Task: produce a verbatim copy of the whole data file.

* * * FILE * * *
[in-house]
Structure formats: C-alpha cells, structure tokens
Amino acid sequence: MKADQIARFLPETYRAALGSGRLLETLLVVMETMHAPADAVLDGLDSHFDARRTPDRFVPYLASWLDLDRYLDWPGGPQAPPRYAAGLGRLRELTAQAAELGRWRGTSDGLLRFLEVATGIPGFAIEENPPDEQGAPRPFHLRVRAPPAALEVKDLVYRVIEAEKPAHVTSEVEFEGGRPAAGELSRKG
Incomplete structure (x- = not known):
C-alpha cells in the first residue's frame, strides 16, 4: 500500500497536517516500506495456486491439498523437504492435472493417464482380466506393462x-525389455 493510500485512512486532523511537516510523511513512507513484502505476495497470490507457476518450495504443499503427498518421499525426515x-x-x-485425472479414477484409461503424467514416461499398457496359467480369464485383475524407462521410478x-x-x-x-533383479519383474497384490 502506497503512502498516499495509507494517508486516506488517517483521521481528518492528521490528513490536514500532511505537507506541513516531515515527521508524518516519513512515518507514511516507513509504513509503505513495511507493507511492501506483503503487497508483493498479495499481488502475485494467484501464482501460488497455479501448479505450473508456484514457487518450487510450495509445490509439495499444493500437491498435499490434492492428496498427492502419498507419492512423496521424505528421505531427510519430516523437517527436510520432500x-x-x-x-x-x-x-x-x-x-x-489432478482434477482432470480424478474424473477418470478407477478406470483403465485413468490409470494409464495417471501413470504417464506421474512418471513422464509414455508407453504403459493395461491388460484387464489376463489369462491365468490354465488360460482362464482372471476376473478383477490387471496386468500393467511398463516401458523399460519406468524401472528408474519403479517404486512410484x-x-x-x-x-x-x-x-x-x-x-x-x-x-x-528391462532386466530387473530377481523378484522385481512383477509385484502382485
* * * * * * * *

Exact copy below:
[in-house]
Structure formats: C-alpha cells, structure tokens
Amino acid sequence: MKADQIARFLPETYRAALGSGRLLETLLVVMETMHAPADAVLDGLDSHFDARRTPDRFVPYLASWLDLDRYLDWPGGPQAPPRYAAGLGRLRELTAQAAELGRWRGTSDGLLRFLEVATGIPGFAIEENPPDEQGAPRPFHLRVRAPPAALEVKDLVYRVIEAEKPAHVTSEVEFEGGRPAAGELSRKG
Incomplete structure (x- = not known):
C-alpha cells in the first residue's frame, strides 16, 4: 500500500497536517516500506495456486491439498523437504492435472493417464482380466506393462x-525389455 493510500485512512486532523511537516510523511513512507513484502505476495497470490507457476518450495504443499503427498518421499525426515x-x-x-485425472479414477484409461503424467514416461499398457496359467480369464485383475524407462521410478x-x-x-x-533383479519383474497384490 502506497503512502498516499495509507494517508486516506488517517483521521481528518492528521490528513490536514500532511505537507506541513516531515515527521508524518516519513512515518507514511516507513509504513509503505513495511507493507511492501506483503503487497508483493498479495499481488502475485494467484501464482501460488497455479501448479505450473508456484514457487518450487510450495509445490509439495499444493500437491498435499490434492492428496498427492502419498507419492512423496521424505528421505531427510519430516523437517527436510520432500x-x-x-x-x-x-x-x-x-x-x-489432478482434477482432470480424478474424473477418470478407477478406470483403465485413468490409470494409464495417471501413470504417464506421474512418471513422464509414455508407453504403459493395461491388460484387464489376463489369462491365468490354465488360460482362464482372471476376473478383477490387471496386468500393467511398463516401458523399460519406468524401472528408474519403479517404486512410484x-x-x-x-x-x-x-x-x-x-x-x-x-x-x-528391462532386466530387473530377481523378484522385481512383477509385484502382485